A public meeting held in the Tasmanian town of Oatlands on August 2 discussed the application by PetroGas, an offshoot of Petratherm, to explore for shale gas and oil in more than 3000 square kilometres of southern Tasmania.
About 80 residents attended the meeting. Tim Kirkwood, general manager of Southern Midlands council, said it was the best-attended public meeting ever held in Oatlands.
The process of “fracking” for gas requires millions of litres of water and a major concern for many of the farmers present was the question of where the water would come from.
One farmer voiced concern as to whether there was a connection between the completion of the Arthur's Lake water pipeline scheme and this application for exploration of shale gas mining.
Concerns were also raised about the management of toxic water resulting from the process and it was noted that the exploration area covers part of Hobart’s water catchment area.
The community was only recently alerted to the application and expressed anger at the lack of consultation and information. Residents had until August 12 to lodge an objection or a comment to the Minerals Resource Development Tribunal.
Ursula Alquier from Lock the Gate Victoria told the meeting how community campaigns around Australia are showing mining companies they are not welcome.
The Lock the Gate campaign in Gippsland was profiled in a short film and Alquier spoke about how people power can stop mining approvals.
State Greens MP Tim Morris was the only politician to attend the meeting, although other parties were invited. PetraGas did not send a representative, despite numerous invitations.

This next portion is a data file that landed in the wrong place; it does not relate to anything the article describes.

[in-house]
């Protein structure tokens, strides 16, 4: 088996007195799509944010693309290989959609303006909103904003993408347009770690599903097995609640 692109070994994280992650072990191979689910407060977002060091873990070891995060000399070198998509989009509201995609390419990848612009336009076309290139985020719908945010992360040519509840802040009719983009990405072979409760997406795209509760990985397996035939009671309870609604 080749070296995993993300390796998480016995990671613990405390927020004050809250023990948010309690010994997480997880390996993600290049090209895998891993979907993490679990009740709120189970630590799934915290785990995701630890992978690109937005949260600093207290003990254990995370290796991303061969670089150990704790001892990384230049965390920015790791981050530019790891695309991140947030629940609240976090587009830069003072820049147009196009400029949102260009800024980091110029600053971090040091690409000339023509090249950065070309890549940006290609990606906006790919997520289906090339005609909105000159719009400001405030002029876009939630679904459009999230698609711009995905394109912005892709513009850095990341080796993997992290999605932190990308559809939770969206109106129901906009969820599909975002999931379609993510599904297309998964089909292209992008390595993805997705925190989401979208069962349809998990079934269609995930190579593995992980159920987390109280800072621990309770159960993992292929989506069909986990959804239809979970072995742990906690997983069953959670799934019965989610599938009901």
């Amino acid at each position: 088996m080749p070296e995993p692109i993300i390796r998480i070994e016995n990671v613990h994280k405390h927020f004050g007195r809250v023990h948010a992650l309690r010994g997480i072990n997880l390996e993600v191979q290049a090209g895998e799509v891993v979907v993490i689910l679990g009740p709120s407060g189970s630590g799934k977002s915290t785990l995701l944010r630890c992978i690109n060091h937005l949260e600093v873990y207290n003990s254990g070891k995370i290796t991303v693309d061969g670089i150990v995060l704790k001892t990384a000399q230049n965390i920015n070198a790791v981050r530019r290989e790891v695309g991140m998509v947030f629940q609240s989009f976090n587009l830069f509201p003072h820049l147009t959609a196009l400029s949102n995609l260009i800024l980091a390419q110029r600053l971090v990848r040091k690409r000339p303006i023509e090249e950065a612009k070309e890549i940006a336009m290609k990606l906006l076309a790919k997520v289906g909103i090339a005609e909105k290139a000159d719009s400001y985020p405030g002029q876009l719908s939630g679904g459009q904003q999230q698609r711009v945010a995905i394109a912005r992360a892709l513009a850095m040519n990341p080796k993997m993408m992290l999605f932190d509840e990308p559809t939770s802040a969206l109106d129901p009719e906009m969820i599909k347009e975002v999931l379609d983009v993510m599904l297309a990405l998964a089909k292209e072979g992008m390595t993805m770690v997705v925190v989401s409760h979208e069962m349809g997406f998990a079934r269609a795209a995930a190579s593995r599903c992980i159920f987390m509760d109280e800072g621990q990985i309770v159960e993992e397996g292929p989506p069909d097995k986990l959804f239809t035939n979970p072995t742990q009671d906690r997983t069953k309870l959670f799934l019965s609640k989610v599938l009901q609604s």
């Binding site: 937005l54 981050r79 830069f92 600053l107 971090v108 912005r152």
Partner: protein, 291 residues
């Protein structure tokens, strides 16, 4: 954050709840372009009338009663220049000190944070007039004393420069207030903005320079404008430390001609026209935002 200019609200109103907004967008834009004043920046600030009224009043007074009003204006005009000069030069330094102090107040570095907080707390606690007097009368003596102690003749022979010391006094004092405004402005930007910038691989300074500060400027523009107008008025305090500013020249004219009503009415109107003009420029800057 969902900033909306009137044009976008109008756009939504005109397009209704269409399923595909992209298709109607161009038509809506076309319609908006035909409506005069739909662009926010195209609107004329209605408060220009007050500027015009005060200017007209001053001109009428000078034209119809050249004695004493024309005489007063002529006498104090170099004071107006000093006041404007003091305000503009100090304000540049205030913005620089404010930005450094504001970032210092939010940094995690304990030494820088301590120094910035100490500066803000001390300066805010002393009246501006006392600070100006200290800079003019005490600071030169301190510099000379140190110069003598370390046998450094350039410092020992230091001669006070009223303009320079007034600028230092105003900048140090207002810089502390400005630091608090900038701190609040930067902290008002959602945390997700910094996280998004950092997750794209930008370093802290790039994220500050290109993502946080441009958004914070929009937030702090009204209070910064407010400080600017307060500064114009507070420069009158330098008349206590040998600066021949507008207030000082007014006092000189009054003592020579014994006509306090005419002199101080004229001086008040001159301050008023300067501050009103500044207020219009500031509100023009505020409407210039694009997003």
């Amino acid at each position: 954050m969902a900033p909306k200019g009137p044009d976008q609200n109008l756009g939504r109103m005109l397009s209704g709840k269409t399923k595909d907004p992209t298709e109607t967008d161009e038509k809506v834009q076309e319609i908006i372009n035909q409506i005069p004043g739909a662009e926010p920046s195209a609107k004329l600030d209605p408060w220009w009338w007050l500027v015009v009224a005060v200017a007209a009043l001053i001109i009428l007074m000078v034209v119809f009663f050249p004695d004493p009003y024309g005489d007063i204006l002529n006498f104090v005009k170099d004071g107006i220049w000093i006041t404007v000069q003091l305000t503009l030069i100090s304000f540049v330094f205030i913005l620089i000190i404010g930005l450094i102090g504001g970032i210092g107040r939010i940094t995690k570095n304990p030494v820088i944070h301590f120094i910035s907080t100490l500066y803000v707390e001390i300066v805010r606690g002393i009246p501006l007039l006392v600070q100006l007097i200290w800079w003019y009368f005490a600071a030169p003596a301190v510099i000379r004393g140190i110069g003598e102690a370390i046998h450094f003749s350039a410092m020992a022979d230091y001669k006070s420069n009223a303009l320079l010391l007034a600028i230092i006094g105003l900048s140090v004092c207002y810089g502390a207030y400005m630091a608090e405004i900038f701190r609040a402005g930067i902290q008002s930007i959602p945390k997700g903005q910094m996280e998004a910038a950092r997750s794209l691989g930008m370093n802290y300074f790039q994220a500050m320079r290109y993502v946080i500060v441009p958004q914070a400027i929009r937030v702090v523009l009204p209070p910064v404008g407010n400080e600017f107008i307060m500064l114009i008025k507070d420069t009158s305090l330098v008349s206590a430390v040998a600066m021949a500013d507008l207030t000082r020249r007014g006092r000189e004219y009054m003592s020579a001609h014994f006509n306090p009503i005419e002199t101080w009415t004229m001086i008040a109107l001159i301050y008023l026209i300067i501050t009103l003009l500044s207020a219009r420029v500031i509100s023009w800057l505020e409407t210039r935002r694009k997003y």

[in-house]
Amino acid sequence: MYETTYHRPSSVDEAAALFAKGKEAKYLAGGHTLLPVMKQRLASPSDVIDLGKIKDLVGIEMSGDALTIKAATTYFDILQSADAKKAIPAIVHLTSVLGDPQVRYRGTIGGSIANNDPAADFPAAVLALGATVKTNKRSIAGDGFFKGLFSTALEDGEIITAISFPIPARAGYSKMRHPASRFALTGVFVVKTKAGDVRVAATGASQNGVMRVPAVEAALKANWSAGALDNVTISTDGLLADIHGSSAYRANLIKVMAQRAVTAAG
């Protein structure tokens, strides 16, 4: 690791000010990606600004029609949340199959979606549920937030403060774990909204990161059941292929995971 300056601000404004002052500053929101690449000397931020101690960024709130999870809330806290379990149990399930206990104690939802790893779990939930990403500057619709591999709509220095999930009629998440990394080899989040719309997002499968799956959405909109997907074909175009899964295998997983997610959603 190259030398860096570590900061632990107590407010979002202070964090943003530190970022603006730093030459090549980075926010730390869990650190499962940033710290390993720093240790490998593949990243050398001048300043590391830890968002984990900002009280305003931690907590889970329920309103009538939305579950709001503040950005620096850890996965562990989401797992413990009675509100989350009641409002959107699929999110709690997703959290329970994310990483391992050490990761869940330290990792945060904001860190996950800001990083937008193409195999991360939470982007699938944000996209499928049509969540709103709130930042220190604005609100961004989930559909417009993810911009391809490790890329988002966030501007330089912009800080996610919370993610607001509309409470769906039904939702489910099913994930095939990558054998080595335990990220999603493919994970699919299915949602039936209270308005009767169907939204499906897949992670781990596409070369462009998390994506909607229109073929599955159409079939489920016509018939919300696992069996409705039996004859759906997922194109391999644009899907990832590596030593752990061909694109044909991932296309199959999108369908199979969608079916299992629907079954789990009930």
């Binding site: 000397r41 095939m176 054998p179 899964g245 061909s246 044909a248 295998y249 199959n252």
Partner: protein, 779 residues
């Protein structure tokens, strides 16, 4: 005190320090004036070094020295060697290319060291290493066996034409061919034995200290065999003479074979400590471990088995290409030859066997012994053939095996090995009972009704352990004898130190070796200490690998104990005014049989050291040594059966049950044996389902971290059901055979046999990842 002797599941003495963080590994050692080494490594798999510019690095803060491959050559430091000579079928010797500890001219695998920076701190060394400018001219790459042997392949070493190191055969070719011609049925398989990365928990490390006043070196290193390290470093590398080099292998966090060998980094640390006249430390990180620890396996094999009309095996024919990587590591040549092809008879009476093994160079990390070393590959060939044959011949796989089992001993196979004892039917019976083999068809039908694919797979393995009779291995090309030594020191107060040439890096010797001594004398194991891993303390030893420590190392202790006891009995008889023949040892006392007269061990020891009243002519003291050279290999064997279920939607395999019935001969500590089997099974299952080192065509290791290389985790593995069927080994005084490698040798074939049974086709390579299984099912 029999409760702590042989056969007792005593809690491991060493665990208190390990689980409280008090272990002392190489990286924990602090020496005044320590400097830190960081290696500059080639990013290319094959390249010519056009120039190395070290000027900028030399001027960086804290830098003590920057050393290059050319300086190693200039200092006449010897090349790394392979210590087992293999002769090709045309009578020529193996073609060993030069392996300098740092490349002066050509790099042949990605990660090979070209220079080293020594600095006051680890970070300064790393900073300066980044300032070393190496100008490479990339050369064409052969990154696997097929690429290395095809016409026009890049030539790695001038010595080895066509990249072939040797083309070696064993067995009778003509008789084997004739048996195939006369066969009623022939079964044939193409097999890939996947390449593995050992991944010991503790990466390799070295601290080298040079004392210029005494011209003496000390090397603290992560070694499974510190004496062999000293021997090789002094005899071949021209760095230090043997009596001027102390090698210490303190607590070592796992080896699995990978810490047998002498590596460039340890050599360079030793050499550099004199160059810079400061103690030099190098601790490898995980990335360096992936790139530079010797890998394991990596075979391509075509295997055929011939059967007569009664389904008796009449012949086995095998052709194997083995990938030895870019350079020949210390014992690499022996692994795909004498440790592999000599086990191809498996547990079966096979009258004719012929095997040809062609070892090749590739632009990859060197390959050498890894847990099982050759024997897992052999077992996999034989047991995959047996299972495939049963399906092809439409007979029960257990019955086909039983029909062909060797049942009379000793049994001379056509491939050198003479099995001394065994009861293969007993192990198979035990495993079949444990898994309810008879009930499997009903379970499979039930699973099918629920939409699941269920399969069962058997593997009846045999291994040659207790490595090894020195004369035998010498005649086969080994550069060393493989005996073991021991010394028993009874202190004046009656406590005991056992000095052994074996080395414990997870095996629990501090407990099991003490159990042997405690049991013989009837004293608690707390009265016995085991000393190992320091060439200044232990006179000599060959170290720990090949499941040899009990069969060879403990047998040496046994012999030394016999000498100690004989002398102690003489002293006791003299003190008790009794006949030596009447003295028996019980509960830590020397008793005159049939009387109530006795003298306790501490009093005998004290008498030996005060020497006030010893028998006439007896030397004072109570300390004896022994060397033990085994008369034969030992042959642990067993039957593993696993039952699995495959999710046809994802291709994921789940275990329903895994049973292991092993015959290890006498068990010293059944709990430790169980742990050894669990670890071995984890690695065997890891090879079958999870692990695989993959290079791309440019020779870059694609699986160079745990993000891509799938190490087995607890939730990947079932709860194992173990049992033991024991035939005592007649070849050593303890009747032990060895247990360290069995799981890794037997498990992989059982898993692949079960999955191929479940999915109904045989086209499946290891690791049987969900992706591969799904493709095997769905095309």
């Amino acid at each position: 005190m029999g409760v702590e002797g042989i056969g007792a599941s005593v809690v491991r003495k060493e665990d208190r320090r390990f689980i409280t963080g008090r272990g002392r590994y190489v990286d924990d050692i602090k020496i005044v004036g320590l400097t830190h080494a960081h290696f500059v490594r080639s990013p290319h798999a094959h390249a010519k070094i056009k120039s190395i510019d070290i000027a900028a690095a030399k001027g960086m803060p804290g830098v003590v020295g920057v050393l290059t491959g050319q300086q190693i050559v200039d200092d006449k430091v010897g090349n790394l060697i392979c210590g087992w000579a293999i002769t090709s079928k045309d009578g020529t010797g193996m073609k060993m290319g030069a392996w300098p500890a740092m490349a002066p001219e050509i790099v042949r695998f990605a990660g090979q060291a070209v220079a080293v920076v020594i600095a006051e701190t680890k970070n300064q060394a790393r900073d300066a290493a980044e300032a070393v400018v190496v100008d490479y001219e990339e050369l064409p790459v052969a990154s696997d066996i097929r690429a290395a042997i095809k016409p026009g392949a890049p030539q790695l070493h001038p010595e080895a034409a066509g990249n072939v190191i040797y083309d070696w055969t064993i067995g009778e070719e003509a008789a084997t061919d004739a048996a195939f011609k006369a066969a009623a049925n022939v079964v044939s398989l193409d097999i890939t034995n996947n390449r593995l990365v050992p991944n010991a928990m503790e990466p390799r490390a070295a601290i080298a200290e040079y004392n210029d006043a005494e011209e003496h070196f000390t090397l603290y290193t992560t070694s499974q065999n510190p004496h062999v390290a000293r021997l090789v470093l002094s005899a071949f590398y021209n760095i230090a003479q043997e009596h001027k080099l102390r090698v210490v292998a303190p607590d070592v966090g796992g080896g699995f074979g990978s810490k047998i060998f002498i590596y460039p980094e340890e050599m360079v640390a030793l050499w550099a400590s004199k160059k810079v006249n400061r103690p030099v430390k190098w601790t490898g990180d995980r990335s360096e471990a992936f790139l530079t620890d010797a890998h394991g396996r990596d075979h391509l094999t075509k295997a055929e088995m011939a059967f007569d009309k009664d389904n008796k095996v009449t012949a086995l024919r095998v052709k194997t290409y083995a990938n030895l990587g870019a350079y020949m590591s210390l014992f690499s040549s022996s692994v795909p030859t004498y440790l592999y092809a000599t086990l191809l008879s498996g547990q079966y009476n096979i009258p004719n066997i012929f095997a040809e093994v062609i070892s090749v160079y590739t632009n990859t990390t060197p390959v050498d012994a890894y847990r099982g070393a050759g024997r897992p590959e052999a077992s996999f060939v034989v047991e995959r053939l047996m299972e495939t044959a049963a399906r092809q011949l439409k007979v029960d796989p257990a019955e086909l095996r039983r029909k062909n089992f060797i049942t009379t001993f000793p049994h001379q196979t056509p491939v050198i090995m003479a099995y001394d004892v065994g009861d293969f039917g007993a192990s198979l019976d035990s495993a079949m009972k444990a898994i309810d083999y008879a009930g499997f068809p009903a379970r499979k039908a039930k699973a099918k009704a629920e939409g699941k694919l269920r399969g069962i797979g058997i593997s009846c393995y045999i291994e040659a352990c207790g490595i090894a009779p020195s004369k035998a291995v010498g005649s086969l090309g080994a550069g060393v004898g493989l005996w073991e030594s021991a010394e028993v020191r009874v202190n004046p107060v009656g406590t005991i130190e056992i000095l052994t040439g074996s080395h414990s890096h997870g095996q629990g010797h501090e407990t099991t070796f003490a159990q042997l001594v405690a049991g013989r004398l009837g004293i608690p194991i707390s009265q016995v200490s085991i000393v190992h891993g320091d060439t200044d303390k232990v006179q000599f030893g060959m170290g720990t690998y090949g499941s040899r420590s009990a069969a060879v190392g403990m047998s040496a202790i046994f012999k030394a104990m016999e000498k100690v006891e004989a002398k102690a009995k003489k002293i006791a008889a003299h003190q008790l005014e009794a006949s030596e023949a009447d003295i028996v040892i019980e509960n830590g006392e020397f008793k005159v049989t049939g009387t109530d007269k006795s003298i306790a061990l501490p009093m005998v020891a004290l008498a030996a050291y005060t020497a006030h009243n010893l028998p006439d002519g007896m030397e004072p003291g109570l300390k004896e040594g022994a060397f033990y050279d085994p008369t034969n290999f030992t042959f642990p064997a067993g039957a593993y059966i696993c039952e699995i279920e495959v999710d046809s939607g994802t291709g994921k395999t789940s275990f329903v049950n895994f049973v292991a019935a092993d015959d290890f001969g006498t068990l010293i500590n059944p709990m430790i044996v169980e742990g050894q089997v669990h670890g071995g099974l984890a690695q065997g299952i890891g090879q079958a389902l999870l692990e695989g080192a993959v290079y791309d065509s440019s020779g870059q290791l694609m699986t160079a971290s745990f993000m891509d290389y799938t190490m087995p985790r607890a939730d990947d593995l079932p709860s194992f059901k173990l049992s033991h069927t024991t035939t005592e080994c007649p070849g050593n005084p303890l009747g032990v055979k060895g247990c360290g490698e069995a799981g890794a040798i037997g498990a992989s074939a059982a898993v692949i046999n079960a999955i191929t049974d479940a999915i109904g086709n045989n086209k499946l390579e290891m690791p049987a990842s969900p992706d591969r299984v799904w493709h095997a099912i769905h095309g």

A group was formed to write an objection to the application. Minister for Energy and Resources Bryan Green will make the decision about whether to approve the application.
At the end of the meeting, people were asked to put their hands up if they wanted to “Lock the Gate” and everyone present raised their hands, except the three council representatives.
Lock the Gate signs were available and the group hopes farmers and residents will display them as a way to reach out and inform other people about the campaign.
The group has established a Facebook page called Stop Destructive Coal and Gas Mining Tasmania.
The group has sent a list of questions to PetraGas and is planning to make a representation to the local council and meet with local politicians.
Another strategy mentioned was surveying the community, thus making the mining company fully aware of the degree of community resistance.
Local campaign group Climate Action Hobart agreed to support ongoing actions of the campaign at its meeting on August 6.
It plans to lodge an objection to the application, highlighting in particular the negative climate impacts of gas and oil mining, and pointing out that allowing this project to go ahead would contradict the government’s own aspirations towards becoming a renewable energy island with a “clean, green” image.
Morris said: “There also must be a broader debate about how much of our hydrocarbon reserves Tasmania can burn whilst we accept our share of responsibly for managing global emissions.”
“If we are to prevent global warming making the planet uninhabitable we must stop exploiting further reserves of fossil fuels.”
[The next meeting will be held on September 13 at 7:30pm, Gay Street Hall, Oatlands.]